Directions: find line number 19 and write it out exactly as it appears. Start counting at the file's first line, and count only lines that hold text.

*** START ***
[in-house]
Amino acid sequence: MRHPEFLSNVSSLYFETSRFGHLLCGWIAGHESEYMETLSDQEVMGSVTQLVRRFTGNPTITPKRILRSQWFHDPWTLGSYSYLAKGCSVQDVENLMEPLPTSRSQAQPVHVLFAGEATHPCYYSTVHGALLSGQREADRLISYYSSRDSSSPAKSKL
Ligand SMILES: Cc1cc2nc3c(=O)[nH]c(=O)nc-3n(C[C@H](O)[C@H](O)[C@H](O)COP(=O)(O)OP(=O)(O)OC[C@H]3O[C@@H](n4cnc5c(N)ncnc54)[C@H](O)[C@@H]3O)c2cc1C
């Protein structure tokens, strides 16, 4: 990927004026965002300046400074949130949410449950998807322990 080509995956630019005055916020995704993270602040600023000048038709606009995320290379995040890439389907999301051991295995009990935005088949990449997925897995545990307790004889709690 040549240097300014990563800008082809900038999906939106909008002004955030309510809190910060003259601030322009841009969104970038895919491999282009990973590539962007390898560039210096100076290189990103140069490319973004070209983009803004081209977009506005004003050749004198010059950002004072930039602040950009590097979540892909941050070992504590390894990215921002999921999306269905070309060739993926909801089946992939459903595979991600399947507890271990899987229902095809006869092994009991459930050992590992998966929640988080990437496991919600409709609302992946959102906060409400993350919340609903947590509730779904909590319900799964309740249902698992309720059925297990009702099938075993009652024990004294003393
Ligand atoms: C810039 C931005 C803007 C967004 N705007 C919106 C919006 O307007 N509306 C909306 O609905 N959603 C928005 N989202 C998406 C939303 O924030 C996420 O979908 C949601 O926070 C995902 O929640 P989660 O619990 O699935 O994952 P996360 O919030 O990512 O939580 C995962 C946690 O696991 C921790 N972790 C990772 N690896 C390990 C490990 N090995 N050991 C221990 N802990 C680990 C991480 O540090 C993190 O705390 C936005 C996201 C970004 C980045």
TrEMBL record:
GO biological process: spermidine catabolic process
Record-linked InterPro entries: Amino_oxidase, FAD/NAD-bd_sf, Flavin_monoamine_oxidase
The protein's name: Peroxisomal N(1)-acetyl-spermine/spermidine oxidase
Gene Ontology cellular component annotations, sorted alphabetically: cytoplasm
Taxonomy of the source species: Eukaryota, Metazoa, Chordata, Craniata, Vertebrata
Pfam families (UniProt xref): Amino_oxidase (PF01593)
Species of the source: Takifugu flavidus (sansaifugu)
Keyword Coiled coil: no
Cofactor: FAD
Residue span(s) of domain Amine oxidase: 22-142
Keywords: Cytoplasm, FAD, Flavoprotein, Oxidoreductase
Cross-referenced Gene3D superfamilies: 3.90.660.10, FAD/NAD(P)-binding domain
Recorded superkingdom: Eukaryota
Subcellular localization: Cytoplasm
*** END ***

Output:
Recorded superkingdom: Eukaryota